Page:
“Disconnected Blues” is one of the pieces I recorded for my upcoming record “Blue Future”. I’ve included two clips: the first 12 bars of the piece, and the first 12…

“Disconnected Blues” is one of the pieces I recorded for my upcoming record “Blue Future”. I’ve included two clips: the first 12 bars of the piece, and the first 12 bars or so of a 36-bar solo. These are sections from a very rough mix, but both do a good job of showing off the various sounds I’ve put into this arrangement.

The setup for recording “Blue Future” harmonica overdubs. Fender Mustang 3 at right, Digitech RP500 left, Zoom G3 in the middle.

The harmonica parts are all recorded on standard-tuned diatonic harps. In the first clip, all the parts are played in 2nd position with an Audix Fireball V mic into a Digitech RP500 running my patch set for Digitech RP. Those parts include:

  • an auto-wah sound that doubles the guitar line;
  • pitch-shifted sounds that take the harmonica down an octave and two octaves respectively to create a horn section. These sounds use a 100% wet FX mix. When you mix a shifted pitch with the original pitch, it sounds synth-ish; if you make the mix 100% wet, it sounds like a tenor or Bari sax, depending on whether you shift it one or two octaves down. It’s exhilarating to have all that power in the low end;
  • a sound that uses a Champ amp model and a rotating speaker (Leslie) effect to mimic an organ. I think it’s remarkable how well it works.

    The FX most important to taking new roles within traditional blues band instrumentation–the roles typically played by horns, organ, autowah and wah wah rhythmic filter sounds–are of course 1) pitch shifter, 2) rotating speaker, 3) autowah, and 4) wah wah, and all these FX are implemented brilliantly on the RP. The RP is indispensable for this approach, because it can produce so many radically different sounds in one package.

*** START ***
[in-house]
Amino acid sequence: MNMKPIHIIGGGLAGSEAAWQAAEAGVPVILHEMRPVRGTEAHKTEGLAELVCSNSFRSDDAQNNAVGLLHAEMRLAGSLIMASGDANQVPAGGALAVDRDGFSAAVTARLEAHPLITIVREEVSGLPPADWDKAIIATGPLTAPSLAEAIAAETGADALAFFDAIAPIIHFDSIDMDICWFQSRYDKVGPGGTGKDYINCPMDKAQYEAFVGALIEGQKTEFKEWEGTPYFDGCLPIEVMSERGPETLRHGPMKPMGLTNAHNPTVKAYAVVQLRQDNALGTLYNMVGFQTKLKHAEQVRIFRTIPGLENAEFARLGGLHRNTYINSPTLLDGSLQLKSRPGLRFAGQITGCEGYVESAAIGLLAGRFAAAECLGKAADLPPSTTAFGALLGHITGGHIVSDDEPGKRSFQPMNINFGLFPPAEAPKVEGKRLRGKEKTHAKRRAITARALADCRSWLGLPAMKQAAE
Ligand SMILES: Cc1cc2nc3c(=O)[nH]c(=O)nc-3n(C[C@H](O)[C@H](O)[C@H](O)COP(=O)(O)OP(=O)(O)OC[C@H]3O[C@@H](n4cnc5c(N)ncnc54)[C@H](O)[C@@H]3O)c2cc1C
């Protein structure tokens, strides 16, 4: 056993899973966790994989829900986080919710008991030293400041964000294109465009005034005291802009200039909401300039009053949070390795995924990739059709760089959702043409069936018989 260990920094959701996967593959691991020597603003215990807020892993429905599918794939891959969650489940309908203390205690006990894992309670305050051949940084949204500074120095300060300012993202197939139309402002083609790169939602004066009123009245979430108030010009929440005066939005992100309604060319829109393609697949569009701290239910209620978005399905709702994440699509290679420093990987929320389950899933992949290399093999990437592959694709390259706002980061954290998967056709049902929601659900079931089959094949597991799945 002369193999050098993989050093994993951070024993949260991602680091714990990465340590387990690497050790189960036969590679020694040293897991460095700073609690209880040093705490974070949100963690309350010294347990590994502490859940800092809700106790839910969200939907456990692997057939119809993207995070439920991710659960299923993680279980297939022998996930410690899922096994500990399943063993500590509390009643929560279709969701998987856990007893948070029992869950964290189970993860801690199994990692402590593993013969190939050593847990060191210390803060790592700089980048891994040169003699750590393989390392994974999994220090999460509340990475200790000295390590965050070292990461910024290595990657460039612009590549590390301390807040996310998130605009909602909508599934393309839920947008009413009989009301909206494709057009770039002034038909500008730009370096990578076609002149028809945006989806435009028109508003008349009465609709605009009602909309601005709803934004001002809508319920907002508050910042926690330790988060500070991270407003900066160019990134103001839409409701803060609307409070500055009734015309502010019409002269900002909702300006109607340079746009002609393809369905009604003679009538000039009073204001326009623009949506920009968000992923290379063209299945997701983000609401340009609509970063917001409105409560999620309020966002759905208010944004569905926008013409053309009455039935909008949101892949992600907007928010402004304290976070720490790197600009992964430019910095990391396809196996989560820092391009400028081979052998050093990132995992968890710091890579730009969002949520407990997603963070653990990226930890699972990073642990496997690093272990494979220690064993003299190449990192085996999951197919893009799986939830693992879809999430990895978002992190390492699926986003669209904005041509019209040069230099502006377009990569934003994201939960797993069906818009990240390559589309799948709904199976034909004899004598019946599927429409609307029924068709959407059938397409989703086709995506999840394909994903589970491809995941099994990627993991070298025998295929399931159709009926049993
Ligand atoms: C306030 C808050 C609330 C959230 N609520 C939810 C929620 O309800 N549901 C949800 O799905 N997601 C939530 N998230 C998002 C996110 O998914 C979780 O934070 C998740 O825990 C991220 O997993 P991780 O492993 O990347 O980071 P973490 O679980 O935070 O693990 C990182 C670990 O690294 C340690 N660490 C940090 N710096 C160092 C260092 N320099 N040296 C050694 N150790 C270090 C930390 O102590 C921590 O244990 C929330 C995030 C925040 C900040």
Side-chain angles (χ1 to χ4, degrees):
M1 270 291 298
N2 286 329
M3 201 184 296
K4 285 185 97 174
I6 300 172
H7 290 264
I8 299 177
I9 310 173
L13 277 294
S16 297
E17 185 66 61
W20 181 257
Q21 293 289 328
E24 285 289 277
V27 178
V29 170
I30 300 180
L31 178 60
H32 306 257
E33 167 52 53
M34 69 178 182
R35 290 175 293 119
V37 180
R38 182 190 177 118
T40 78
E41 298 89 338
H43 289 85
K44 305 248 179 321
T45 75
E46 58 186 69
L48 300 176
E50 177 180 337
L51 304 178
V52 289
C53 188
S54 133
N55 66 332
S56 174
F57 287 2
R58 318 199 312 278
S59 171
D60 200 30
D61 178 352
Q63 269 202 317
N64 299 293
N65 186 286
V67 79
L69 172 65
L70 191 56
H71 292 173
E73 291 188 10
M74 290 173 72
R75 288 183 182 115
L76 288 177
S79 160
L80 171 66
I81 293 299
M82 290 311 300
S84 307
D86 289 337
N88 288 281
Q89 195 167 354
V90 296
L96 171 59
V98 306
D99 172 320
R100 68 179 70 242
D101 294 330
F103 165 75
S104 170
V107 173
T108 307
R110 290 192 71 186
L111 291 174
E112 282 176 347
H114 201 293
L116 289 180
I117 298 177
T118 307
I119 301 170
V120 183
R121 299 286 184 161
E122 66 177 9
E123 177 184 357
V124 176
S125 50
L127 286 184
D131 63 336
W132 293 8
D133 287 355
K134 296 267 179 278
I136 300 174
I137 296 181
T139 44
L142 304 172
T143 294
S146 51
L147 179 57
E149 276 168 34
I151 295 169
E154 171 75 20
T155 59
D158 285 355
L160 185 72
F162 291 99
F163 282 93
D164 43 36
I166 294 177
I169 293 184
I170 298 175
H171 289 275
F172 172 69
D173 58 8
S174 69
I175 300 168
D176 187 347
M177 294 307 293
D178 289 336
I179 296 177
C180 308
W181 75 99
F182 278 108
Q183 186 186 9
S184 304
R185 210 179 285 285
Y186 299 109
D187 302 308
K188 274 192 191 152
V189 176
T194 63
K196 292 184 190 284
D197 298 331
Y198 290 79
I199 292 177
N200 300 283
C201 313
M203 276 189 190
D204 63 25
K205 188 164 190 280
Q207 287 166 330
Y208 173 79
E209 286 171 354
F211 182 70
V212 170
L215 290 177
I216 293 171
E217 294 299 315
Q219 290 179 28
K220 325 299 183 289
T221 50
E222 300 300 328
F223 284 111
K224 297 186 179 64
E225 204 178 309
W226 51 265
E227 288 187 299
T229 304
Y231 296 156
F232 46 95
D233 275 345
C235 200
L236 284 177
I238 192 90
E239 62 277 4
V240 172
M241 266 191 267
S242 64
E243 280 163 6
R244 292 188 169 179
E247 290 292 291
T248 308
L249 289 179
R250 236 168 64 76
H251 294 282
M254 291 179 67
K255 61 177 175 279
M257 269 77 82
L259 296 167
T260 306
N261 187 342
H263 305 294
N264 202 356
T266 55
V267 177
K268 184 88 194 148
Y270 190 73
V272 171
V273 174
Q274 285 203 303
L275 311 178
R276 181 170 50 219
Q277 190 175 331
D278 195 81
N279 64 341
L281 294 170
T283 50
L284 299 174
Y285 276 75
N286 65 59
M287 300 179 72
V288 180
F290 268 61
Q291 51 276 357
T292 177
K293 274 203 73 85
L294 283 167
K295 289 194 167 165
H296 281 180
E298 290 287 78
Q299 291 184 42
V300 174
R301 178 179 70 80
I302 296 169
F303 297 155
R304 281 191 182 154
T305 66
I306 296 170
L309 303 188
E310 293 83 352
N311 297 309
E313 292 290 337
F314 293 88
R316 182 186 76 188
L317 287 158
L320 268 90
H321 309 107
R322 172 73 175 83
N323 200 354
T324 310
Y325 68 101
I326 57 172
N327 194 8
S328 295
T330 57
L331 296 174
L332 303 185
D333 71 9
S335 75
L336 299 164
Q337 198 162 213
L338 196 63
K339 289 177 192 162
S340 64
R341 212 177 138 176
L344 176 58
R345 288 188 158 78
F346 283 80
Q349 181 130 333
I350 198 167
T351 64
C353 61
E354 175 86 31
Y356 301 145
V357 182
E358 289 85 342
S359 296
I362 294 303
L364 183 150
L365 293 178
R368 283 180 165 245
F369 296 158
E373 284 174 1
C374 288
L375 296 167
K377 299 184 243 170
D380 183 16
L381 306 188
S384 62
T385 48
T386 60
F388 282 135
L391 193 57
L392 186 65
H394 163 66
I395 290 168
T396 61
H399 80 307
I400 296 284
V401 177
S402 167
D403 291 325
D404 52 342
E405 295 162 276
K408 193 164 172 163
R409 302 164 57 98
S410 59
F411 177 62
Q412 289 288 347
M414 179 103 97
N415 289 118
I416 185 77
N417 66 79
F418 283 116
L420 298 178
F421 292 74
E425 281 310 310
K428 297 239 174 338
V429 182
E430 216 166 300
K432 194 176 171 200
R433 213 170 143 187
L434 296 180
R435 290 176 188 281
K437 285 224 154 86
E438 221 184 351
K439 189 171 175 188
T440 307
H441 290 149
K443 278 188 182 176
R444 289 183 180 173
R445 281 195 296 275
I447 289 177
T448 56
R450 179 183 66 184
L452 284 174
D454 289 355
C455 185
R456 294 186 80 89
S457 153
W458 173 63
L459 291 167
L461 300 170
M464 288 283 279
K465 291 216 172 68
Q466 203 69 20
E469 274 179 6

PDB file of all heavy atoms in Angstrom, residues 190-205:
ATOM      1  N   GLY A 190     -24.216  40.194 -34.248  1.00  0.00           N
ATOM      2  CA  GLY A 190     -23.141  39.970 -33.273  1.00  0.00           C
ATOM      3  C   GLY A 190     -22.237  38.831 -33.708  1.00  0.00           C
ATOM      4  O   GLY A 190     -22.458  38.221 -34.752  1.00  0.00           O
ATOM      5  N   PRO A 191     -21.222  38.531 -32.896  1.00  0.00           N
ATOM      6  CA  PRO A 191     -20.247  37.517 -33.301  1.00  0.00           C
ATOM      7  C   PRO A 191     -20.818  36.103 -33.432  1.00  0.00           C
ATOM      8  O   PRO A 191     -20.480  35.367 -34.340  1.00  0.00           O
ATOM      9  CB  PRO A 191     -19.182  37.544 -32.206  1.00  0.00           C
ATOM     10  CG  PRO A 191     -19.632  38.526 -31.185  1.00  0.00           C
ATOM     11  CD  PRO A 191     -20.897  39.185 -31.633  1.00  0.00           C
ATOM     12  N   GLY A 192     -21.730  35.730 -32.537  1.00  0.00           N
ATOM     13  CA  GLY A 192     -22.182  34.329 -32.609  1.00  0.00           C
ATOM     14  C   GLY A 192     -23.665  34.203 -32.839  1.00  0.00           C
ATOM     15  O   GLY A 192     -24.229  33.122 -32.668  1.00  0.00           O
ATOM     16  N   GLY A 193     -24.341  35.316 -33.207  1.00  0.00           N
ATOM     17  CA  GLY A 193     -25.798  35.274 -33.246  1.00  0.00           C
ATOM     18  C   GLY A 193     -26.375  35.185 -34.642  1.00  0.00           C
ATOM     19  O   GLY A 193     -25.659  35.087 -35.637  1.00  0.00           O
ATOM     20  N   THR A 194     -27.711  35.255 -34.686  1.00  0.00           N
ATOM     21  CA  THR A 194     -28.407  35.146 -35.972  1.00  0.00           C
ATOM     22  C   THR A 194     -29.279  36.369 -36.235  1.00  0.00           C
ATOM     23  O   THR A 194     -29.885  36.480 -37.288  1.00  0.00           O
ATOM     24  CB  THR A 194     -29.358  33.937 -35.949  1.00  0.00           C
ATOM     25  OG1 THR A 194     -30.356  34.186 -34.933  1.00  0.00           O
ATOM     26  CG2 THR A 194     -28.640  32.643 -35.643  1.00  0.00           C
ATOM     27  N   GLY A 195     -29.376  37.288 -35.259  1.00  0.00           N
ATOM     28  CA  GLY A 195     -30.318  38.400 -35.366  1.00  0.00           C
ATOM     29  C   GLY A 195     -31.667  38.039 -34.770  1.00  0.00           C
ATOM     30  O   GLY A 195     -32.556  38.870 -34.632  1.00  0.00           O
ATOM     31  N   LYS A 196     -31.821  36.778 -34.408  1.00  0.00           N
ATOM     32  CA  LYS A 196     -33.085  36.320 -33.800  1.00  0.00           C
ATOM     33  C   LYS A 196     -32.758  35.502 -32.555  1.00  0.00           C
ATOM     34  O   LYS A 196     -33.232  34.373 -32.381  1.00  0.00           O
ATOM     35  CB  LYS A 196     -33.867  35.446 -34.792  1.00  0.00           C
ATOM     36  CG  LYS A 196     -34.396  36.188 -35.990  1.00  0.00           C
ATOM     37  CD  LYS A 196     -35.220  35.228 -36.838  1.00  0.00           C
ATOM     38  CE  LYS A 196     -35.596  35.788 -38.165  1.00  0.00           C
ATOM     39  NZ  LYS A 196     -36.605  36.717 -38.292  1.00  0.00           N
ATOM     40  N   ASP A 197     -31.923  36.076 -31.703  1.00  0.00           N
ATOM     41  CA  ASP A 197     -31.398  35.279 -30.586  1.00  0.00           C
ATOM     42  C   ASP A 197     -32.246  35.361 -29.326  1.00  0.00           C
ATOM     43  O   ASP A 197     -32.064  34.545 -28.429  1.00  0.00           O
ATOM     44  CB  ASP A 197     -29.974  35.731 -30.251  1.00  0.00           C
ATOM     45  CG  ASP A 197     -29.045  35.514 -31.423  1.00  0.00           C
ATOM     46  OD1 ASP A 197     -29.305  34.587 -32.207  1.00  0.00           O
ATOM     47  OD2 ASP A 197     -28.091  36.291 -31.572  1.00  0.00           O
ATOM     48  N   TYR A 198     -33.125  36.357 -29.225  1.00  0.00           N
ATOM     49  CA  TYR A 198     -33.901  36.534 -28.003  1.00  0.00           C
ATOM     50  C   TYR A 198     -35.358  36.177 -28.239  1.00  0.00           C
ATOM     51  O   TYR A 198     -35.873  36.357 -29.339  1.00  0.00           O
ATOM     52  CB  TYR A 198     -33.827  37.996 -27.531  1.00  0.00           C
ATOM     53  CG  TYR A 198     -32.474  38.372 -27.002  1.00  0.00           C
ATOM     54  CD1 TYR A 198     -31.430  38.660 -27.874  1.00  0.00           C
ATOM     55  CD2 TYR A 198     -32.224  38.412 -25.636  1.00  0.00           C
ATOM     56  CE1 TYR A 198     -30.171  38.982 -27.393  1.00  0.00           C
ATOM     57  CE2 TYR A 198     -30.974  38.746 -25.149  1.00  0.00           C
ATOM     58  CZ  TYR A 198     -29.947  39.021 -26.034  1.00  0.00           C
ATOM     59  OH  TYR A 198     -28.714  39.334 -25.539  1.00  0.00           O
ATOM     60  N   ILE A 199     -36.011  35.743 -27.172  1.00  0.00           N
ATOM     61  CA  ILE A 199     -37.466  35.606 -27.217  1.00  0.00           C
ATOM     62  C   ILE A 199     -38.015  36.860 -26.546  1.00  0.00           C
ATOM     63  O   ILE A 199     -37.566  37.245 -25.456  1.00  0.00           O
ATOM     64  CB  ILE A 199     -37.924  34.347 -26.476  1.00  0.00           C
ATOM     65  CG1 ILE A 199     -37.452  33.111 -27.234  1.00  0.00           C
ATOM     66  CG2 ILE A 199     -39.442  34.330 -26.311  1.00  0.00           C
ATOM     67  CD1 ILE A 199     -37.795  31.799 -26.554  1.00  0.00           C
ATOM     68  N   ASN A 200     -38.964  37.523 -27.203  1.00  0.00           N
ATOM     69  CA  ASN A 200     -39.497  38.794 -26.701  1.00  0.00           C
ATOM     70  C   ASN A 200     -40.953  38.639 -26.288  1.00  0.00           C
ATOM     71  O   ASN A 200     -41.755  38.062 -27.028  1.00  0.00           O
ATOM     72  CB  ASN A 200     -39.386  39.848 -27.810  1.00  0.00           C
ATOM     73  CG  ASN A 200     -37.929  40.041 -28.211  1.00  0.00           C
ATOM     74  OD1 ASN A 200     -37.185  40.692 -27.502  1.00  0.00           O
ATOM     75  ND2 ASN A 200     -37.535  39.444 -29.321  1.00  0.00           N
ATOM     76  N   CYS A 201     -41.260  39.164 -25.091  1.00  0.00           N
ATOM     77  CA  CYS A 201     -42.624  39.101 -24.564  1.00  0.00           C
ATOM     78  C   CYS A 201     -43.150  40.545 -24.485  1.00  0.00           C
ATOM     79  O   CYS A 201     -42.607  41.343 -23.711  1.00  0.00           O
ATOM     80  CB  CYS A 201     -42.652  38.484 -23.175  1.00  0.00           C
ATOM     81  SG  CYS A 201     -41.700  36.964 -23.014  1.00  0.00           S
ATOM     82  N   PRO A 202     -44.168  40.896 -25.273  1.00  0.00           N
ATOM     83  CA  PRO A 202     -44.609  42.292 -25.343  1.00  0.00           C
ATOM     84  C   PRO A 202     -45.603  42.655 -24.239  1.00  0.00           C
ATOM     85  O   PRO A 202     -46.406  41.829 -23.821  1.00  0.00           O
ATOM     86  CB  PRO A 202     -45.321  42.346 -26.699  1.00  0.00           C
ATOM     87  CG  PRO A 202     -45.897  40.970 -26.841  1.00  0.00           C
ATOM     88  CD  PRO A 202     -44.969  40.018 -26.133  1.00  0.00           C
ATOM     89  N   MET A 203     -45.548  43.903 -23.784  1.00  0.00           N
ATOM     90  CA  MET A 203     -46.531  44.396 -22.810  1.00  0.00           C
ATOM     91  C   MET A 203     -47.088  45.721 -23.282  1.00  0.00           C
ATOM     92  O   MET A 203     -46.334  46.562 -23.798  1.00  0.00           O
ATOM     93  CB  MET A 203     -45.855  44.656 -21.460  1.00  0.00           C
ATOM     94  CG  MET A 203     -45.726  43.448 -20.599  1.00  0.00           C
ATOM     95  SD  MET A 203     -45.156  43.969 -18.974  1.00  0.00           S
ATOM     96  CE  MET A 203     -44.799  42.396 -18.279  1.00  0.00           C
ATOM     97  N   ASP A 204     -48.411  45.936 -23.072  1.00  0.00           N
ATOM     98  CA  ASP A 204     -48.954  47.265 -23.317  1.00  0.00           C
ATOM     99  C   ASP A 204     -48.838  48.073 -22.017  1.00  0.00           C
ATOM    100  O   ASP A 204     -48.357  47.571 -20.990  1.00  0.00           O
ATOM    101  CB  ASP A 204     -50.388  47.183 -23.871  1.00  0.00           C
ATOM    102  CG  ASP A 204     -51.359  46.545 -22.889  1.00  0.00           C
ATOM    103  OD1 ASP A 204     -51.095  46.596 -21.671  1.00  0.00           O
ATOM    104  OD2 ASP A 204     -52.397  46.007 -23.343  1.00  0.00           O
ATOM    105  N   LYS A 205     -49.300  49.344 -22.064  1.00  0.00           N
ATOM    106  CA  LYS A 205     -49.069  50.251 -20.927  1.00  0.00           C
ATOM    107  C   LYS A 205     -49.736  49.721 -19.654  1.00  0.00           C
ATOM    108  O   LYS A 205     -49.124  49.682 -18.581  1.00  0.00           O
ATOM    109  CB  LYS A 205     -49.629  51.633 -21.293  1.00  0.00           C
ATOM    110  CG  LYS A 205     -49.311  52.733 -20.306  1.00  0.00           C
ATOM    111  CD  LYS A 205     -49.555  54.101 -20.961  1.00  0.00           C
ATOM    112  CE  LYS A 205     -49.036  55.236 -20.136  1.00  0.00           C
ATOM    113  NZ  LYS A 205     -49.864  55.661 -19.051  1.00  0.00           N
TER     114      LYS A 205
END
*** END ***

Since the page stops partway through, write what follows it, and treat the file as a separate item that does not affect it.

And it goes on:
The result, coupled with Mike Brenner’s lap steel, Mark Schreiber’s drums, and John Cunningham’s bass, is a very convincing full band sound with harmonica taking over a range of traditional roles.

    The second clip is the first of three harmonica solo choruses. All the harmonicas from the first clip are still in the picture. I originally recorded a solo using the autowah sound live in the studio with the band. After listening to it a few times and thinking about it, I replaced that solo with a harmonica in 3rd position playing an improvised lead through a Shure SM58 mic into my Fender Mustang 3 running my patch set for Fender Mustang amps (of course). I really like the Mustang for Chicago style harp sounds, which is what I ultimately felt was called for here–the power of a full-throated amp roaring at high volume. It’s a voice that commands attention. The Mustang lead doesn’t so much cut through as power through the big harmonica background. I finished the job by re-recording the autowah part for those 36 bars as a chunky rhythm part with a lot of squelchy filter quacks to juice it up.

    The different harmonica tones and registers help keep the mix from getting all jammed up in the middle, which is exactly what would otherwise happen with 5 harmonicas vying for the same sonic space at once.

    I’m very happy with the way this piece is shaping up, and it’s certainly something from a Blue Future. Enjoy.

    “Disconnected Blues” copyright 2018 Richard Hunter/Turtle Hill Productions, all rights reserved
    Clip 1: first 12 bars

    Clip 2: first 12 bars of harmonica solo

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